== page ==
In the third week of his Spiritual Exerices, St. Ignatius invites us to meditate profoundly on the Passion of Christ. For many it can be helpful to practice various forms of fasting and penance in order to draw deeper into the mystery of Jesus' deep and individual love for each one of us. In the following excerpt from points 210-218, St. Igantius provides us with criteria to do this in an efficacious manner.
Rules to Order Oneself in the Taking of Food
First Rule. The first rule is that it is well to abstain less from bread, because it is not a food as to which the appetite is used to act so inordinately, or to which temptation urges as in the case of the other foods.
Second Rule. The second: Abstinence appears more convenient as to drinking, than as to eating bread. So, one ought to look much what is helpful to him, in order to admit it, and what does him harm, in order to discard it.
Third Rule. The third: As to foods, one ought to have the greatest and most entire abstinence, because as the appetite is more ready to act inordinately, so temptation is more ready in making trial, on this head. And so abstinence in foods, to avoid disorder, can be kept in two ways, one by accustoming oneself to eat coarse foods; the other, if one takes delicate foods, by taking them in small quantity.
Fourth Rule. The fourth: Guarding against falling into sickness, the more a man leaves off from what is suitable, the more quickly he will reach the mean which he ought to keep in his eating and drinking; for two reasons: the first, because by so helping and disposing himself, he will many times experience more the interior knowledge, consolations and Divine inspirations to show him the mean which is proper for him; the second, because if the person sees himself in such abstinence not with so great corporal strength or disposition for the Spiritual Exercises, he will easily come to judge what is more suitable to his bodily support.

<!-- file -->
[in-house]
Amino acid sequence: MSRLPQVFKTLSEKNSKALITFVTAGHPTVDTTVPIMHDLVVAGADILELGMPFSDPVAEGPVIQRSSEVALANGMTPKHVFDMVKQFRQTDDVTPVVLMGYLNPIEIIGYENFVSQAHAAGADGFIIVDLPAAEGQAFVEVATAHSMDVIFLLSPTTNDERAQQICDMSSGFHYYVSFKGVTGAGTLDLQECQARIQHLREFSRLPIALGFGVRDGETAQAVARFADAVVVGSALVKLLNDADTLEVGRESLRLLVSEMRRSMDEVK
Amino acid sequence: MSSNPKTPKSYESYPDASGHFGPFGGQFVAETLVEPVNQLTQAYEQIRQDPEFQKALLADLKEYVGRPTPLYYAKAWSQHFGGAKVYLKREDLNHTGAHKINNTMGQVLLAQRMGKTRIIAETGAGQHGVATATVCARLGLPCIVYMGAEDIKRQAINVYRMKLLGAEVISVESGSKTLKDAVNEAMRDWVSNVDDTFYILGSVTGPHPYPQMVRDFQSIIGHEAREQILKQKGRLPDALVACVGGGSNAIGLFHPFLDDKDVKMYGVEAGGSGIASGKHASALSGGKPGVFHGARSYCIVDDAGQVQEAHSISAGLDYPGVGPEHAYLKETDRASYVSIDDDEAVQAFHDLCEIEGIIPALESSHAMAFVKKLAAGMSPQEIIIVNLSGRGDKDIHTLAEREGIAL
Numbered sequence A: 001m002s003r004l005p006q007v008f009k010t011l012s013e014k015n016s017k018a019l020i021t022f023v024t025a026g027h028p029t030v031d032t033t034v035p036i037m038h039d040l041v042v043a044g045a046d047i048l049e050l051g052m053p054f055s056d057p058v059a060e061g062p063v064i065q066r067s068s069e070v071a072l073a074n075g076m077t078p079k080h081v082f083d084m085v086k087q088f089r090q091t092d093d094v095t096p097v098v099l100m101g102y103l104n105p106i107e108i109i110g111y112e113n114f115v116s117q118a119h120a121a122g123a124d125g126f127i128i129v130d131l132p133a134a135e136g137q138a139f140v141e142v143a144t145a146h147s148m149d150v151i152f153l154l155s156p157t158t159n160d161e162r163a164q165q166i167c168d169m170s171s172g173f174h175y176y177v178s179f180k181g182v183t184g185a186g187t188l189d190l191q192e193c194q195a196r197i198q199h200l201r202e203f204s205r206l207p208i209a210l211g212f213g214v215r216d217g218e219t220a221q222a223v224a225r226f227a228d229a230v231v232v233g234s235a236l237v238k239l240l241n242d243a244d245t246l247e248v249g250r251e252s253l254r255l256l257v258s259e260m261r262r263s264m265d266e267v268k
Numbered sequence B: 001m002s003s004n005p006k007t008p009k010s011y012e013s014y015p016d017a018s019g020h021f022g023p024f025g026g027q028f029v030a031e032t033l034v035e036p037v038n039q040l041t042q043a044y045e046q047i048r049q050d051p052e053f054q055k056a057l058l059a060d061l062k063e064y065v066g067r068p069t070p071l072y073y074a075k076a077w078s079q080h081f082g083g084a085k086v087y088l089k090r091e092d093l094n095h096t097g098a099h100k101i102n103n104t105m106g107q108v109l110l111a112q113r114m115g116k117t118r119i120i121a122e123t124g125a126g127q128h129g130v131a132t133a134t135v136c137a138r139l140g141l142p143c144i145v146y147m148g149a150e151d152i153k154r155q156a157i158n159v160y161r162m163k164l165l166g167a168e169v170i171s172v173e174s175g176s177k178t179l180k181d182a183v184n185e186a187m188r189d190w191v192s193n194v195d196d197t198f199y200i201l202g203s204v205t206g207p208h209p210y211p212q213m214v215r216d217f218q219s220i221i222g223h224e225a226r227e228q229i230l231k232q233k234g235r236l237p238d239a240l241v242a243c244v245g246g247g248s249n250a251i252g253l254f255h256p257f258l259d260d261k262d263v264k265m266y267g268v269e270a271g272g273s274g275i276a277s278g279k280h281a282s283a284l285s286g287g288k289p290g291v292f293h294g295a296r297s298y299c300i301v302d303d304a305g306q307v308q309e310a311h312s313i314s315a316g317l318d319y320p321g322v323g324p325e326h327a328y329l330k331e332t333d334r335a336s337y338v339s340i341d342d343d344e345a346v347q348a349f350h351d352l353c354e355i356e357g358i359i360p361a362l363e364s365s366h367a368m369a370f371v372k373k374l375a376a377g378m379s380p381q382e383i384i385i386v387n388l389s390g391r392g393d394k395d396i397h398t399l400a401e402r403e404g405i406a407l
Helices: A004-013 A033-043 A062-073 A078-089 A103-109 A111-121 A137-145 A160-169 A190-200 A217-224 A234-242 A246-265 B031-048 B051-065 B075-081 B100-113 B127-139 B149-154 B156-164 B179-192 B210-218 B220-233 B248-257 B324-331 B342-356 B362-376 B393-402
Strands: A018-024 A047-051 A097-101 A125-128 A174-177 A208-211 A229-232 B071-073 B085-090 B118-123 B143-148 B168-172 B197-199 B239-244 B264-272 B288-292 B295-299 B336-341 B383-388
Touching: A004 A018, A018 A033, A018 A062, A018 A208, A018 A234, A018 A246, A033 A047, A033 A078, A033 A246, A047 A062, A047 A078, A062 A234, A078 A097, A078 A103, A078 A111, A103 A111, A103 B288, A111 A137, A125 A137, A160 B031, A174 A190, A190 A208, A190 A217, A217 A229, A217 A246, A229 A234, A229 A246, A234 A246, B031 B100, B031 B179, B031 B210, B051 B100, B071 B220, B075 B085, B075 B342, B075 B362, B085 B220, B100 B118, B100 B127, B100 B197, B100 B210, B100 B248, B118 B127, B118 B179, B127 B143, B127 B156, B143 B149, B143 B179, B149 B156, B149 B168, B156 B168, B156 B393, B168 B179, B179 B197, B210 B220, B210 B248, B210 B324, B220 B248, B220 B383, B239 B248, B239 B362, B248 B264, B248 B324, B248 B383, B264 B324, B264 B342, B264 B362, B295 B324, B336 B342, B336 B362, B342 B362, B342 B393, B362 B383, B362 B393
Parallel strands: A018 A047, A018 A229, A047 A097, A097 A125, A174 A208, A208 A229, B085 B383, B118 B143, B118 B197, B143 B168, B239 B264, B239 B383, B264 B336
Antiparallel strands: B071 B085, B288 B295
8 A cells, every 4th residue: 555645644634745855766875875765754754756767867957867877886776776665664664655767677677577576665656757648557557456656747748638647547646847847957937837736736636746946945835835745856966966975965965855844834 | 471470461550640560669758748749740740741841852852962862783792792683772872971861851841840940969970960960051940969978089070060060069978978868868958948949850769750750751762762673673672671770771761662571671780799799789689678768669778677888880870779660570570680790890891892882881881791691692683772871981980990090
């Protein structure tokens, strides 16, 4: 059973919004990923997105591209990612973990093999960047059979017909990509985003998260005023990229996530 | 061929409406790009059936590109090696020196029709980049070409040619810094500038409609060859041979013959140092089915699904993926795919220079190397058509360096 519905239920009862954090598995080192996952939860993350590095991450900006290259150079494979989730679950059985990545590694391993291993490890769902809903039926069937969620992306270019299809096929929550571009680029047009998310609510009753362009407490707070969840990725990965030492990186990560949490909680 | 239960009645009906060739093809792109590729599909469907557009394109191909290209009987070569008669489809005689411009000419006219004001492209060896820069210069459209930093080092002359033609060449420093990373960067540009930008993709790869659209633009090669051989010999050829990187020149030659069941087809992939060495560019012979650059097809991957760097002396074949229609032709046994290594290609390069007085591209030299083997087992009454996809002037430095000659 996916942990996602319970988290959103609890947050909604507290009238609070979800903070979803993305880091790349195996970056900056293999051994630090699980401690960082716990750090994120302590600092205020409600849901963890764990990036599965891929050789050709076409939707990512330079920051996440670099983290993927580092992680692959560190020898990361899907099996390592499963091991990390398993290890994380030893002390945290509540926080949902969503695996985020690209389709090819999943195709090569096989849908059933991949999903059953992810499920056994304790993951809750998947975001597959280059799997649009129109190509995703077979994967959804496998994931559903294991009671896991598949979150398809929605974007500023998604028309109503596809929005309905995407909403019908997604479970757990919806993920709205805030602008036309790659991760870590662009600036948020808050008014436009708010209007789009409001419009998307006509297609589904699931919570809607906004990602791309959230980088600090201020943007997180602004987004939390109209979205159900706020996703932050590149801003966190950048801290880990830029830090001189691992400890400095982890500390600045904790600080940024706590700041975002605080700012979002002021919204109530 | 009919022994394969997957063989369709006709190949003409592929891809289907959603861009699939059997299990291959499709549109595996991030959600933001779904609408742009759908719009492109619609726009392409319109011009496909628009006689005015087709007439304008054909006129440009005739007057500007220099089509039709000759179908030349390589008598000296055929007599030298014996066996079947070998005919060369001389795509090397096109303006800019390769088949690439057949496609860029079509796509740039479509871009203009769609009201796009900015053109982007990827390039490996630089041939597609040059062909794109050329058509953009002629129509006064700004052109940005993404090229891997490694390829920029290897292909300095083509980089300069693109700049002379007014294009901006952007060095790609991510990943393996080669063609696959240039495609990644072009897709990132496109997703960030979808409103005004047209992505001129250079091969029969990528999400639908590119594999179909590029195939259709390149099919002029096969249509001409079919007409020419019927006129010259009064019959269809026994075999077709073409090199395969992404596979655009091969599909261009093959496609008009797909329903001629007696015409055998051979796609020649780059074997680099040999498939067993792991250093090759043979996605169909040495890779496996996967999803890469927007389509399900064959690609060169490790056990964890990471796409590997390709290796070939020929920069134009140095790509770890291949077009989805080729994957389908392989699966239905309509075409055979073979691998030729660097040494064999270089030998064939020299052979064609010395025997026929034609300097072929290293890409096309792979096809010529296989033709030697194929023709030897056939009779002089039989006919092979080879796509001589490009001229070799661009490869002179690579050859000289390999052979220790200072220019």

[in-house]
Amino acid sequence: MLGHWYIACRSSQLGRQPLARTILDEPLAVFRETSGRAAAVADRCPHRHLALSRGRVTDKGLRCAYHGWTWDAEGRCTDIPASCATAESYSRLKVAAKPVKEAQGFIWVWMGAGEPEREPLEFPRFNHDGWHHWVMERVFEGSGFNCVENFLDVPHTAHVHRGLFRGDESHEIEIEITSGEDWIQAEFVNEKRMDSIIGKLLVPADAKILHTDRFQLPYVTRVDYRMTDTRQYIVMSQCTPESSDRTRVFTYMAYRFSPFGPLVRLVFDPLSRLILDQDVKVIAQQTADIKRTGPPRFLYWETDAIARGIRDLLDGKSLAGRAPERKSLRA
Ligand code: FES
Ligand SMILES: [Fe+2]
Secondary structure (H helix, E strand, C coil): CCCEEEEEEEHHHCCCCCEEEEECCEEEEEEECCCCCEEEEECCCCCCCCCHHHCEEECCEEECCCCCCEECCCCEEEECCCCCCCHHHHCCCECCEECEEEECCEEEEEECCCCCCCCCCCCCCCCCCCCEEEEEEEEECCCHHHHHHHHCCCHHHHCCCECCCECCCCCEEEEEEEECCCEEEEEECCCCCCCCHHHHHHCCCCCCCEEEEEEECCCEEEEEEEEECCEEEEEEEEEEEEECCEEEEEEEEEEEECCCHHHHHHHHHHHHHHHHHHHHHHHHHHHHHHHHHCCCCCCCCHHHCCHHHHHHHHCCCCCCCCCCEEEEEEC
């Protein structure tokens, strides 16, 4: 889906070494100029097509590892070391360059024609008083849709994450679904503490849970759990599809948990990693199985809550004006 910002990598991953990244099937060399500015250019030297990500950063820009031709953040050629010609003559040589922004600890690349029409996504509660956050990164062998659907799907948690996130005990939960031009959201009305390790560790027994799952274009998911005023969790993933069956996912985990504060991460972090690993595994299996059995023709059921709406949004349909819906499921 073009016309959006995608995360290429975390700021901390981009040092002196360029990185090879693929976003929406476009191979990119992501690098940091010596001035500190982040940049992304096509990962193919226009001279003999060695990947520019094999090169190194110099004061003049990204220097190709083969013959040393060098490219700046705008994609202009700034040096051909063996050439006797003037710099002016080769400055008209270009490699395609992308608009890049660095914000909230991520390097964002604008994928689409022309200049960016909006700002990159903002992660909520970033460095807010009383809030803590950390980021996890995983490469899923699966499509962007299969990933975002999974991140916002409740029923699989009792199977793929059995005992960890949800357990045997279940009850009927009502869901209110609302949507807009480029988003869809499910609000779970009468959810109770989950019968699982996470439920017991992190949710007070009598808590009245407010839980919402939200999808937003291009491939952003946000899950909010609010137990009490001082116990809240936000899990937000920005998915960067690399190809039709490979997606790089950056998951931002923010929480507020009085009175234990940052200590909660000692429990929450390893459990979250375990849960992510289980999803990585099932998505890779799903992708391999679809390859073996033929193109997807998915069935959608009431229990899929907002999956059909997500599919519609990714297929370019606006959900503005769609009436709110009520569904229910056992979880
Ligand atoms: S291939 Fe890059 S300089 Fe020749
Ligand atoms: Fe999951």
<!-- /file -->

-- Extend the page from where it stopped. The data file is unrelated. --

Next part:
Fifth Rule. The fifth: While the person is eating, let him consider as if he saw Christ our Lord eating with His Apostles, and how He drinks and how He looks and how He speaks; and let him see to imitating Him. So that the principal part of the intellect shall occupy itself in the consideration of Christ our Lord, and the lesser part in the support of the body; because in this way he will get greater system and order as to how he ought to behave and manage himself.
Sixth Rule. The sixth: Another time, while he is eating, he can take another consideration, either on the life of Saints, or on some pious Contemplation, or on some spiritual affair which he has to do, because, being intent on such thing, he will take less delight and feeling in the corporal food.
Seventh Rule. The seventh: Above all, let him guard against all his soul being intent on what he is eating, and in eating let him not go hurriedly, through appetite, but be master of himself, as well in the manner of eating as in the quantity which he eats.
Eighth Rule. The eighth: To avoid disorder, it is very helpful, after dinner or after supper, or at another hour when one feels no appetite for eating, to decide with oneself for the coming dinner or supper, and so on, each day, the quantity which it is suitable that he should eat. Beyond this let him not go because of any appetite or temptation, but rather, in order to conquer more all inordinate appetite and temptation of the enemy, if he is tempted to eat more, let him eat less.
One of the hallmarks of the Spiritual Exercises of St. Ignatius of Loyola are the advices regarding making a decision, election, or choice, particularly with regards to one's vocation or "state of life". Below they are presented in their entirety: (articles 169-189).
St. Ignatius' Spiritual Exercises are considered on of the great treasures of the Church. One of its most well known and helpful parts in the spiritual life are his rules for the discernment of spirits. Below we present them in their entirety.
Introduction to the Spiritual Exercises of St. Ignatius of Loyola
Point #1 - For as strolling, walking and running are bodily exercises, so every way of preparing and (1) disposing the soul to rid itself of all the disordered tendencies, and, after it is rid, to (2) seek and find the Divine Will as to the management of one’s life for the salvation of the soul, is called a Spiritual Exercise.